It scares me slightly more than the DMCA itself that so many who should know better are totally ignorant of basic copyright law, and, even worse, benefiting from it in a way that most do not elicit.  Obviously, if the the thief charges for the content or uses it as spider-food on a network of spam sites, that is a problem.  Regardless, the author can claim an opportunity cost.  But there is another problem, and it usually involves totally lily-"white hat" sites.

Assume every link on the internet to another page has a certain value in and of itself — an equity.  It increases the ranking of the site that receives that link as a whole, for one thing.  Any link that links to an unlicensed  instance has arguably effected a theft of equity deserved by the original author.  I've seen many cases of this.  Sometimes I find news articles on random sites all over the internet.  Some of them have quite a few backlinks.

Now, this is a harder case to substantiate than most of the others — but if the internet has a currency, it's the link.  The term "link equity" makes this concept fairly transparent.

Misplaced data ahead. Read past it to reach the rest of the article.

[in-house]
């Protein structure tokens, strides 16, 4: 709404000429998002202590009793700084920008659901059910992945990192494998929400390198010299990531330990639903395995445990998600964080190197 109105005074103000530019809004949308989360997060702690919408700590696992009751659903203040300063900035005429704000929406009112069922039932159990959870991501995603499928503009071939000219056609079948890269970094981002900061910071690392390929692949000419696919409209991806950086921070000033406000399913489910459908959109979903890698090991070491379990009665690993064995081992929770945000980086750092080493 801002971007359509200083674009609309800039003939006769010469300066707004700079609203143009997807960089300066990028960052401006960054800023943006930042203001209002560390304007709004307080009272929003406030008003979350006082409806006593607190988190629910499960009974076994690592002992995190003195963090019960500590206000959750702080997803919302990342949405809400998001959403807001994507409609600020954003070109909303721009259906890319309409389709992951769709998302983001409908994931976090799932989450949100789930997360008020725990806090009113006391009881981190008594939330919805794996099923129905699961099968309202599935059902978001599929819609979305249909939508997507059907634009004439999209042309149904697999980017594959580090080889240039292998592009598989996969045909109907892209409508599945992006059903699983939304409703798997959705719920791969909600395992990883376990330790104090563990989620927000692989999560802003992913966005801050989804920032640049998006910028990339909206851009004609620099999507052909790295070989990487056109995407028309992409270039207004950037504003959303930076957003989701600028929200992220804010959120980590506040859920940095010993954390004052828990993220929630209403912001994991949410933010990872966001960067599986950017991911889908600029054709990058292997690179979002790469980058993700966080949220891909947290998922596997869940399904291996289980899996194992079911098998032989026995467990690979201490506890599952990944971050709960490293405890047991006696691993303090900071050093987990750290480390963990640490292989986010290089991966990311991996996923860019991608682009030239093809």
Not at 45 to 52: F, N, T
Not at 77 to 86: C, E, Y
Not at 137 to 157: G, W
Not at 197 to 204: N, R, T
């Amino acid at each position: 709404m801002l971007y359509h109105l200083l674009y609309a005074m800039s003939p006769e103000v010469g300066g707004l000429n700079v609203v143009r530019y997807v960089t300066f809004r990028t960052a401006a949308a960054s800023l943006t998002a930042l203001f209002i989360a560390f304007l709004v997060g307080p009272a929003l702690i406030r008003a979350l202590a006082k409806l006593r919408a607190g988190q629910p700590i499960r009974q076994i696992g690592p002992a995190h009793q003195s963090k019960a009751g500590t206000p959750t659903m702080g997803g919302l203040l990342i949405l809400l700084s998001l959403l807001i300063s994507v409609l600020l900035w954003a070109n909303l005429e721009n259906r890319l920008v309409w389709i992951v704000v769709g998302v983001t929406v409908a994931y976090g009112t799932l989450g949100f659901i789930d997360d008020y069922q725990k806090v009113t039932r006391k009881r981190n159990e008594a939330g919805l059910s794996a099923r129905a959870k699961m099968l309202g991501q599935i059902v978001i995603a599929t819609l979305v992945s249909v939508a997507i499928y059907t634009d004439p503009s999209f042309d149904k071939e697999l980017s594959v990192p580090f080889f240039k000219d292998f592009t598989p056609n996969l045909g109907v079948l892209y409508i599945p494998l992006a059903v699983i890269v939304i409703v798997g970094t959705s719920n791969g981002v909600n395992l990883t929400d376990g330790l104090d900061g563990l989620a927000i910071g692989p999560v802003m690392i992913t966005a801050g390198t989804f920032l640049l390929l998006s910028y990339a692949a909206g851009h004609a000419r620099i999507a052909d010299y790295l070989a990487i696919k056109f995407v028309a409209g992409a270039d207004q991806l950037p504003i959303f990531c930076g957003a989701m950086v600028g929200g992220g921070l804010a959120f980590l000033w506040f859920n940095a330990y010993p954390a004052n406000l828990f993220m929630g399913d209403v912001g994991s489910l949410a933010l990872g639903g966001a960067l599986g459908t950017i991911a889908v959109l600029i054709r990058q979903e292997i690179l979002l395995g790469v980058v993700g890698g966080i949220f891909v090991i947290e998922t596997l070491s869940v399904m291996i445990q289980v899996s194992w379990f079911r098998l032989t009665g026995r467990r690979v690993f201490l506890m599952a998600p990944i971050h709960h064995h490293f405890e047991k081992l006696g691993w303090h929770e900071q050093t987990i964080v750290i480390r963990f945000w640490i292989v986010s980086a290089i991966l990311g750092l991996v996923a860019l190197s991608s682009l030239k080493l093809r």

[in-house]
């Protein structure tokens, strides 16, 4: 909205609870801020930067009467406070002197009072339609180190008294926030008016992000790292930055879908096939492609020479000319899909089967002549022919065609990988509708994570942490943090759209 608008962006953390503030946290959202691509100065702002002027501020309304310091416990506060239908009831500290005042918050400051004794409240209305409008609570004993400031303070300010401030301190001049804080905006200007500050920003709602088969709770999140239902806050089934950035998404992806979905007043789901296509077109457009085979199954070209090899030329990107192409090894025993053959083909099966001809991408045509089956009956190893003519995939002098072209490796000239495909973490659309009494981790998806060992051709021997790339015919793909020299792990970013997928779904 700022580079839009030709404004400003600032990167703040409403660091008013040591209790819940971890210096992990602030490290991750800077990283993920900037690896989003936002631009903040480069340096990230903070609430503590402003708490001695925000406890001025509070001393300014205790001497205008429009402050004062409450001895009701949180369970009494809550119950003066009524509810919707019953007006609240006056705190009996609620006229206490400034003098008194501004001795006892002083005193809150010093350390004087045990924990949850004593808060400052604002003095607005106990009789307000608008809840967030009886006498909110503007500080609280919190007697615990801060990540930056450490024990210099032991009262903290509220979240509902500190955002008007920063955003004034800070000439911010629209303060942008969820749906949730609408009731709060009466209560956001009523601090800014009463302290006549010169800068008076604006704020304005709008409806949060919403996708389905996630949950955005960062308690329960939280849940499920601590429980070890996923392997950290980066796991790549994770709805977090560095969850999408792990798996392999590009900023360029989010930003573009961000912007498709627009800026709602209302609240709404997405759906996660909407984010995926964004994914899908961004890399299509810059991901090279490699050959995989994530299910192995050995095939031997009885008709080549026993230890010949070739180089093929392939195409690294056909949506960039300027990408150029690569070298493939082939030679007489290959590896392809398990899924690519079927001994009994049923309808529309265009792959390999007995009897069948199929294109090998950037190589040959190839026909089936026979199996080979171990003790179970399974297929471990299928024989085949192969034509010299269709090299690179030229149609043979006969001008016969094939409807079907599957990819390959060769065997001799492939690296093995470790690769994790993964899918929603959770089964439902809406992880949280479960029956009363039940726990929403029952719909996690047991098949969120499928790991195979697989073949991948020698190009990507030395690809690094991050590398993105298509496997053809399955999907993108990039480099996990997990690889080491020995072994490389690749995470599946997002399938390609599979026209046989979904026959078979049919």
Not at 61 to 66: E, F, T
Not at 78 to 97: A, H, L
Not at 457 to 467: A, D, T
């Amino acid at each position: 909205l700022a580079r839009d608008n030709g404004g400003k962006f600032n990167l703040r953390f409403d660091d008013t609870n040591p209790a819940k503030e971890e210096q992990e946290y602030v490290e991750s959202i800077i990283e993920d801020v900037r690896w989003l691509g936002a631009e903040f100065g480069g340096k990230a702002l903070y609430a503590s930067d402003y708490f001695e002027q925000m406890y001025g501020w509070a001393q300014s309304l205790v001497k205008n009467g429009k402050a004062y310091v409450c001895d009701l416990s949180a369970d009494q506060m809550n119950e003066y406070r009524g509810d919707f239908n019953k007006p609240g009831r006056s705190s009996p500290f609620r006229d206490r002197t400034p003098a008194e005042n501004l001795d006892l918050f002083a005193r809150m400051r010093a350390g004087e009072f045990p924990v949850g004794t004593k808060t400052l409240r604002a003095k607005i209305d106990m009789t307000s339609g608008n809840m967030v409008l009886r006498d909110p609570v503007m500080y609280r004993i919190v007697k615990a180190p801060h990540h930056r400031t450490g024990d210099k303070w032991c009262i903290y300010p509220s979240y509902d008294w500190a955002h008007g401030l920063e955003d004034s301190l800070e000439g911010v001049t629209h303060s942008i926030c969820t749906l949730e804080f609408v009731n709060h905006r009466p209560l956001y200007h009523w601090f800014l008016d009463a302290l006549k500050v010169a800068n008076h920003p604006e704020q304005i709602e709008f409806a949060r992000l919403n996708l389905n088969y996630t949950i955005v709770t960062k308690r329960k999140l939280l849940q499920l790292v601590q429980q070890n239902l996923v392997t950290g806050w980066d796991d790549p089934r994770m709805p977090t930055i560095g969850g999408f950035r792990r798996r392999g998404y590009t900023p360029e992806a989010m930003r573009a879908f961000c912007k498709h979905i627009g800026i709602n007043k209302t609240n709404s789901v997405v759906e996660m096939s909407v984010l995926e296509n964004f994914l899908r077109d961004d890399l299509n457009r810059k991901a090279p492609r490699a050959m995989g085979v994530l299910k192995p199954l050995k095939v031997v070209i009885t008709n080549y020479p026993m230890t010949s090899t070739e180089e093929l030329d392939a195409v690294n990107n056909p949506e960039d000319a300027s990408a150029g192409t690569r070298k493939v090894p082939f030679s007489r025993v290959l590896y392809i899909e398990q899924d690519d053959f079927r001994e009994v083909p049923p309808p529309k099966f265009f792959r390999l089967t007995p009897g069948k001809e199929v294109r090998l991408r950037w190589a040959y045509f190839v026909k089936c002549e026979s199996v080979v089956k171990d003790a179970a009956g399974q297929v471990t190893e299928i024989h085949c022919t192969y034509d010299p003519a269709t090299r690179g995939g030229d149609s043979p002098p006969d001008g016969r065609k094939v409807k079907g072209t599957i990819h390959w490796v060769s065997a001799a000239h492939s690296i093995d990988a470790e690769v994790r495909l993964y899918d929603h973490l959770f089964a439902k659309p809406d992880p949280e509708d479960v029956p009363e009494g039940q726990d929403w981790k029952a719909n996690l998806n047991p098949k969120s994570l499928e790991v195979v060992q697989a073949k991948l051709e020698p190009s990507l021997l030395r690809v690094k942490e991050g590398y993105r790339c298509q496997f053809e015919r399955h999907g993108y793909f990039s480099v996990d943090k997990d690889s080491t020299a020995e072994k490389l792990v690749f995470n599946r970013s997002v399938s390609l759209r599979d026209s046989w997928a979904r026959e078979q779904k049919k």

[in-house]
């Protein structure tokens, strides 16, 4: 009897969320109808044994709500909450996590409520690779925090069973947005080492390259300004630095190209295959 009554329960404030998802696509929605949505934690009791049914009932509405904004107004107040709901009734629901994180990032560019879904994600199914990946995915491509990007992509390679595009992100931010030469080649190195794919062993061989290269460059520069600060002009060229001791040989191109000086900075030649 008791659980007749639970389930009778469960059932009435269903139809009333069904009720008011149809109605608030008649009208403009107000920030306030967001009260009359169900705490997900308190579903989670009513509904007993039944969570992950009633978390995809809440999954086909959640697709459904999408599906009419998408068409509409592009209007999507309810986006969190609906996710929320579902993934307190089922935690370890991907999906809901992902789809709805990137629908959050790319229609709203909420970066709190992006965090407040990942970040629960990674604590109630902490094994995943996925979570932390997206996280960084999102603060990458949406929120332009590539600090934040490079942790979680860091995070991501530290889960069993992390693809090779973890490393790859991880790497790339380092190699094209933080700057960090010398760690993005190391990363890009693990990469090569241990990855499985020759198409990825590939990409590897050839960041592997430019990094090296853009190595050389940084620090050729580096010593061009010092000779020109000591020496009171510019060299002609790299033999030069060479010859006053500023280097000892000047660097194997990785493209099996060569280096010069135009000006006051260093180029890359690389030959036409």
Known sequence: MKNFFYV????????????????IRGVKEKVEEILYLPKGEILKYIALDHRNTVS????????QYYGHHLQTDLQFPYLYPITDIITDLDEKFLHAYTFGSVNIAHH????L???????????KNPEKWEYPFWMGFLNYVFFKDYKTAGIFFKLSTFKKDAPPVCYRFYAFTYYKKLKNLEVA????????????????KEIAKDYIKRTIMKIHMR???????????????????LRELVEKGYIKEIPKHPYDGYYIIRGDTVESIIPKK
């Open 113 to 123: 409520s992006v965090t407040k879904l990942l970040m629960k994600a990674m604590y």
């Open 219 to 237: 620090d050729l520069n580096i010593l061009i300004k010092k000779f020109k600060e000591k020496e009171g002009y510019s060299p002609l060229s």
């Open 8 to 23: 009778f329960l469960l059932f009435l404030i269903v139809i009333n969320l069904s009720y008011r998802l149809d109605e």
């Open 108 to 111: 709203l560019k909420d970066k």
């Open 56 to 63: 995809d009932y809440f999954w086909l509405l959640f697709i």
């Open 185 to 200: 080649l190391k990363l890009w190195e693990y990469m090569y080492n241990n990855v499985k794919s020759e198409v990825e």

Spammers get away with this because it's simply not worth pursuing a phantom personality with a false or hidden whois record and several thousand disposable spam sites.  They'll just pop up again elsewhere.  But when companies do it, I get concerned.  I seriously doubt that several of the companies I've seen "syndicating" news content are paying the royalties.

Any benefit achieved as a result of copyright infringement directly or indirectly is undeserved regardless.  There are laws that dictate "fair use" to regulate how much content one can lift for proprietary use.  This is what the law is for.  This sort of unethical behavior is off-limits to me.  In excess it's plain old theft.

It's only a matter of time, in my opinion, before the lawsuits pile up.  Then again, I question the legitimacy of search engines caching content and certain very important judges didn't think that was a problem either :)

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